FGM/C in the UK • Based on 2001 census, estimates published in 2007 suggested that 66,000 women living in the UK have been subjected to FGM/C with 23,000 girls at risk of FGM/C in the UK • Different study (2012) suggested over 98,000 girls under 15 at risk of FGM/C. Over 24,000 at high risk of FGC Type III, a further 9,000 at high risk of FGC Type I and II • Number now likely to be higher as births to women affected by FGM/C has increased from 1.04% in 2001 to 1.67% in 2008.
Why FGM/C is still practised • Continuation of FGC is motivated by a complex mix of interlinked sociocultural factors. • Beliefs associated with religion, hygiene and aesthetics and social acceptance combine to support decision-making in communities in favour of carrying out FGM/C.
Why FGM/C is still practiced • It is a matter of Social Convention. • Individual’s actions are interdependent on the actions of others including family and wider community. • ‘Even when parents recognise that FGM/C can cause serious harm, the practice persists because they fear moral judgements and social sanctions should they decide to break with society’s expectations. Parents often believe that continuing FGM/C is a lesser harm than dealing with these negative repercussions.’ (Unicef, 2010,3)
TRANSPORT MEDIA STUDIES DEMOGRAPHY EPIDEMIOLOGY ART ECONOMICS GEOGRAPHY DEVELOPMENT STUDIES ANTHROPOLOGY LITERATURE POLITICS CARTOGRAPHY HISTORY STATISTICS COMPUTER MODELLING CULTURAL STUDIES INTERNATIONALSTUDIES BEHAVIOURAL PSYCHOLOGY
Pushing Back on Methodological Boundaries: Refugees and Livelihoods in The Gambia Satellite
Casamance Refugees in The Gambia • West Africa’s longest running civil conflict. • Estimated 11,000 Casamance refugees have sought refuge in The Gambia • 1951 Geneva Convention
‘Self Settled’ Refugees • Cannot be put into refugee camps • Therefore are ‘self settled’ • Causes competition for community resources • Causes community ‘conflict’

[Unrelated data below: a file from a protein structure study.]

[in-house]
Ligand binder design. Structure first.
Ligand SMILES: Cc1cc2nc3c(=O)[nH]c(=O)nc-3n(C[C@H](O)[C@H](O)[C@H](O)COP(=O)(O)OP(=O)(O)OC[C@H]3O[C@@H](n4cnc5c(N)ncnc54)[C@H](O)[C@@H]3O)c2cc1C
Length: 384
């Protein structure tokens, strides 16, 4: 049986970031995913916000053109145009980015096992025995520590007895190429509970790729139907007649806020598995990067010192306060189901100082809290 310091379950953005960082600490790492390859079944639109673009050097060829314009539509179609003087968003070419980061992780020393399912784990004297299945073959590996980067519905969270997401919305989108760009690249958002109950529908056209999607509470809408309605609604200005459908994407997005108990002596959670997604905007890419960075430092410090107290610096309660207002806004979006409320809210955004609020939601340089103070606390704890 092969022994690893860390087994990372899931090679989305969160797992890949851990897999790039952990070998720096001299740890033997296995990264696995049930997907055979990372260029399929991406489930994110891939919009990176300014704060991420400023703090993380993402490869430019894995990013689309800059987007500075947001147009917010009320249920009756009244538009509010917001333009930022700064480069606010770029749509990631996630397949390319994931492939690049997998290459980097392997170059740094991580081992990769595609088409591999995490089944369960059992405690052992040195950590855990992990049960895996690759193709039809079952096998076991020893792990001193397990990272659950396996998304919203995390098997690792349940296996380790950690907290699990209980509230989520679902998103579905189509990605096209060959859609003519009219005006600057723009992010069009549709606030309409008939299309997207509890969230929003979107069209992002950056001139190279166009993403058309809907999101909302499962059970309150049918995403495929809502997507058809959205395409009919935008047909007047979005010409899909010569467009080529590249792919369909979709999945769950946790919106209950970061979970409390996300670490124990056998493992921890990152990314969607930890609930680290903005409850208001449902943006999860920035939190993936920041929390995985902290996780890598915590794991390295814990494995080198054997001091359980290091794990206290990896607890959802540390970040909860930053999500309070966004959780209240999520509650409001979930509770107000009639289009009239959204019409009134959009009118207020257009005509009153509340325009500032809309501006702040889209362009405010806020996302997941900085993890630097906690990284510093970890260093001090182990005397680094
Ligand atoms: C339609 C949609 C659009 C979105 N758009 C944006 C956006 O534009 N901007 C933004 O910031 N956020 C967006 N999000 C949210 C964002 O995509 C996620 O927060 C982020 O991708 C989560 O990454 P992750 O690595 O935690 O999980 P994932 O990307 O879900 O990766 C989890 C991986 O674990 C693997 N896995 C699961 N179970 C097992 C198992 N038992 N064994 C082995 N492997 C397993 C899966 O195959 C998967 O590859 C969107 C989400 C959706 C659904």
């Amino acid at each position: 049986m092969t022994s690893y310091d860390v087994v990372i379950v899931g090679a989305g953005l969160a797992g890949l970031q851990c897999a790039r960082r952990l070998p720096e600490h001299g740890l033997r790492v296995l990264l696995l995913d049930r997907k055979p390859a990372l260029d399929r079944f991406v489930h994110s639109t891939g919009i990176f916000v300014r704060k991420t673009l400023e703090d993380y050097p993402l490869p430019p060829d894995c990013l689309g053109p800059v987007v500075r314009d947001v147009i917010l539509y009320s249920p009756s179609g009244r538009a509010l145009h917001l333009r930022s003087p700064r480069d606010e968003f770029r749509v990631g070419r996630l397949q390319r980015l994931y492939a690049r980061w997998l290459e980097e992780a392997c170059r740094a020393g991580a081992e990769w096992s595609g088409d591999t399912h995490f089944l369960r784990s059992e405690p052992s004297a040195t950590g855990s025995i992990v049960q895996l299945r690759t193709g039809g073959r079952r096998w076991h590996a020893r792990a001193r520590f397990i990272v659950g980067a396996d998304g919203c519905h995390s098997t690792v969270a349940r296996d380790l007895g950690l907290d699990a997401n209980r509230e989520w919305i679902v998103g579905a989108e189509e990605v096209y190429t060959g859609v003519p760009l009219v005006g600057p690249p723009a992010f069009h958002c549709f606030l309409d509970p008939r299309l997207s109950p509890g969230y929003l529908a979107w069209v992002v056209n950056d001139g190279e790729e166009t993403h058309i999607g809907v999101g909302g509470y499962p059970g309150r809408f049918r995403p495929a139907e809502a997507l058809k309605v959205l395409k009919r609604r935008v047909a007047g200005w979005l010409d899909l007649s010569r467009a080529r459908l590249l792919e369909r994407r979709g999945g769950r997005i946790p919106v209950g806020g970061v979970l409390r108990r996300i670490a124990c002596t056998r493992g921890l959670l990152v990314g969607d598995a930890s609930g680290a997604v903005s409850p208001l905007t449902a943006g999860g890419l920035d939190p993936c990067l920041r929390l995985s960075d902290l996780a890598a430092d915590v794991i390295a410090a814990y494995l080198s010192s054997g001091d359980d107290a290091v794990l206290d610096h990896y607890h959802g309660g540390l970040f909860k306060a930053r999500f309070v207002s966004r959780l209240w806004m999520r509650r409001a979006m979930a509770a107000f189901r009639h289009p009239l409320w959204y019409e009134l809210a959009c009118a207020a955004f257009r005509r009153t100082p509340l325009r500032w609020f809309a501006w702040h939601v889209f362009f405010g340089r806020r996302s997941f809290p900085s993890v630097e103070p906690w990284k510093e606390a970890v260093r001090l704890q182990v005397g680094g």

Refugee and host populations suffer from unpredictable rainfall and environmental degradation caused by climate change • Poverty • Poor education and health
Quantitative methods and data: • Rainfall • Environmental degradation • Resource availability • Poverty • Education and Health status • Mapping • GIS Qualitative methods and information: • Participatory Action Methods • Rapid Rural Appraisal • Participant observation • Ethnography/In-depth narrative studies • Peer to peer • Participatory GIS
TRANSPORT DEMOGRAPHY EPIDEMIOLOGY ECOLOGY ENVIRONMENTAL SCIENCE ECONOMICS GEOGRAPHY DEVELOPMENT STUDIES RESOURCE MANAGEMENT ANTHROPOLOGY PLANT SCIENCE POLITICS METEOROLOGY URBAN PLANNING CARTOGRAPHY AGRICULTURE HISTORY STATISTICS CULTURAL STUDIES GIS INTERNATIONALSTUDIES
What do these examples have in common? • They are dynamic and changing. • The issues are multi faceted. • Could be studied by one of many disciplines. • But only Geography takes a strong spatial approach with many methodological tools available to it. • These issues require an interdisciplinary spatial approach. • A human/physical geography approach is unhelpful.
TRANSPORT CHEMISTRY MEDIA STUDIES OCEANOGRAPHY DEMOGRAPHY ENERGY STUDIES PHYSICS EPIDEMIOLOGY ECOLOGY ART ENVIRONMENTAL SCIENCE ECONOMICS GEOGRAPHY GEOLOGY DEVELOPMENT STUDIES RESOURCE MANAGEMENT ANTHROPOLOGY LITERATURE PLANT SCIENCE POLITICS METEOROLOGY URBAN PLANNING CARTOGRAPHY AGRICULTURE HISTORY STATISTICS COMPUTER MODELLING CULTURAL STUDIES GIS INTERNATIONALSTUDIES BEHAVIOURAL PSYCHOLOGY PALAEOCOLOGY
Geography in the 21st Century • Geography is fundamentally interdisciplinary. It is one of the few disciplines that encompass very different ways of knowing, from the natural and social sciences and the humanities. Geographers are therefore uniquely equipped to understand and address critical problems facing the world. Geographers are motivated by issues such as social and environmental justice, and the efficient, equitable and sustainable use of resources. (Institute of Australian Geographers, 2010).
Crossing Boundaries • All the issues we study as geographers involve crossing human and physical boundaries. • Our strength is the way we adopt relevant concepts and methods from other disciplines, and make them our own. • Our biggest weakness is our own internal subject boundary human/physical. • Geography has much to offer. We need to grow in confidence and ensure that our interdisciplinary approach is recognised as a strength, not a weakness.
‘Geography is a subject packed with excitement and dynamism that synthesises aspects of the world and helps us the better understand its people, places and environments and the interactions between them.’ (GA, 2014)